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THUNDER BAY, ONTARIO -----  October 4, 2014  ----- The Common Voice Northwest Energy Task Force wound up two days of meetings in Thunder Bay with the Iain AngusOntario Power Authority (OPA), the Independent Electrical Systems Operator (IESO) and the Ministry of Energy (MOE) and reports significant positive movement related to the future of the Northwest.

Co-Chair Iain Angus (Councillor, City of Thunder Bay) indicated that the OPA announced a number of initiatives for the Northwest including:
•    Commencement of planning processes for Greenstone and the North Shore, Thunder Bay and the Rainy River Area west of Thunder Bay
•    Upgrades to the transmission system serving Red Lake, Ear Falls and Pickle Lake
•    Commencement of planning for an extension of transmission facilities connecting Thunder Bay to Atikokan and on to Dryden in order to ensure that the area North of Dryden has the power it needs

The Ontario Power Authority also confirmed the Energy Task Force’s position that the original estimate for the completion of the East West Tie was unrealistic by announcing that the in service date has now been moved from 2018 to 2020.

“We have always stated that the assumption of a 2018 completion was unrealistic” said Co-Chair Iain Angus “and that we had to ensure that we had generation within the region to meet our needs – prior to 2020.” “The delay will ensure that issues related to equity participation by First Nations and the nature of the stability of the proposed structures  can be concluded” he said. (V)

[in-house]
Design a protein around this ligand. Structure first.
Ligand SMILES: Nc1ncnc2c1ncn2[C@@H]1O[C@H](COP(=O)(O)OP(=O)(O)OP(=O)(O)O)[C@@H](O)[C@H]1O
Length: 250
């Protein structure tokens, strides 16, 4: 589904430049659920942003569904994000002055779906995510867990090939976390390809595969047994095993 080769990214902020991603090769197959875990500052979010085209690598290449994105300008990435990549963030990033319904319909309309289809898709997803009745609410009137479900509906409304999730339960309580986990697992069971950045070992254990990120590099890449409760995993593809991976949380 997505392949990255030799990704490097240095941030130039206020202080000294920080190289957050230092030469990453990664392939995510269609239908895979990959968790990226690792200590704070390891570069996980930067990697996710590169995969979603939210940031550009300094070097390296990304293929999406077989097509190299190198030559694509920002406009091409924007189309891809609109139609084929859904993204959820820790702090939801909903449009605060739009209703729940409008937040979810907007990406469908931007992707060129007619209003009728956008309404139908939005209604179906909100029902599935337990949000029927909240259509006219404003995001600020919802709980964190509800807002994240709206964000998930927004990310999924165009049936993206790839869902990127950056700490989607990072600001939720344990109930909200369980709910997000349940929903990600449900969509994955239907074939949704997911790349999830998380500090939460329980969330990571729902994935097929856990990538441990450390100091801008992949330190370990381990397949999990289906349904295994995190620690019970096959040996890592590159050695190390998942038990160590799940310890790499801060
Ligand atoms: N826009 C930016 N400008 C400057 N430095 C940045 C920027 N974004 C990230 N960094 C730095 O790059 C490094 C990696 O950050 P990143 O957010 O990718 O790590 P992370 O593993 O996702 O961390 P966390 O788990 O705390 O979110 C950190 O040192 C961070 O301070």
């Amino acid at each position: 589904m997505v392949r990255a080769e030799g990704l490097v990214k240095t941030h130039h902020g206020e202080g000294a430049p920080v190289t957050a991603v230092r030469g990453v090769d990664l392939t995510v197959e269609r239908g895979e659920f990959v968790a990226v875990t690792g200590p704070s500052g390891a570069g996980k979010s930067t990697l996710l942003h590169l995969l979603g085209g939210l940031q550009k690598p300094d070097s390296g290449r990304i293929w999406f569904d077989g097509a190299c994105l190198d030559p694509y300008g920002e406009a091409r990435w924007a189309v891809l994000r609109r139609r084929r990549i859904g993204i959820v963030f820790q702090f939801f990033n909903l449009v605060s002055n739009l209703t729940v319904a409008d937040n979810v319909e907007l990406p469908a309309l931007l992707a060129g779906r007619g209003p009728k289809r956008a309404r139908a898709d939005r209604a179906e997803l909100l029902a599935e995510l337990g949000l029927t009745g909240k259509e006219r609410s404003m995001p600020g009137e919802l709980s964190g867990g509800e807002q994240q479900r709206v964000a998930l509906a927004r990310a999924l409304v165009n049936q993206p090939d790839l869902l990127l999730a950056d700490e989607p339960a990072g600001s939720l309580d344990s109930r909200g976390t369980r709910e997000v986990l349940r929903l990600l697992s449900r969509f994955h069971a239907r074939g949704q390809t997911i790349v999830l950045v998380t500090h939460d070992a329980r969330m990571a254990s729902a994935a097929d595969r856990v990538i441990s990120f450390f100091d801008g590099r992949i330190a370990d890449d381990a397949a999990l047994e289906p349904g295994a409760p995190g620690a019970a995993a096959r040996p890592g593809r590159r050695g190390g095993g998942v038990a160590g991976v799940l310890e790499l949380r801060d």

The Energy Task Force said that the difference on the projected load in the Northwest between the Energy Task Force and the Ontario Power Authority has narrowed significantly to the point where it is now inconsequential.

The organizations were unable to resolve their differences on the future role of the regions two thermal generating stations although both recognized that as the projected loads are materialize there will be need for additional supply to meet those demands.

“It is clear that there is more work to be done to provide the OPA with the economic rationale as to why is it a better choice for the rate payer to upgrade an existing facility (paid for by the Ontario rate payer and tax payer) rather than building a new generator or buying power from another jurisdiction – at the expense of Ontario jobs” said Co-Chair Larry Hebert.

“While we have made significant progress” said Angus, “much more needs to be done to ensure we not only have the power when, where and at the quality we need it, but that we have the capacity to attract the investment this region needs to grow” concluded Angus.

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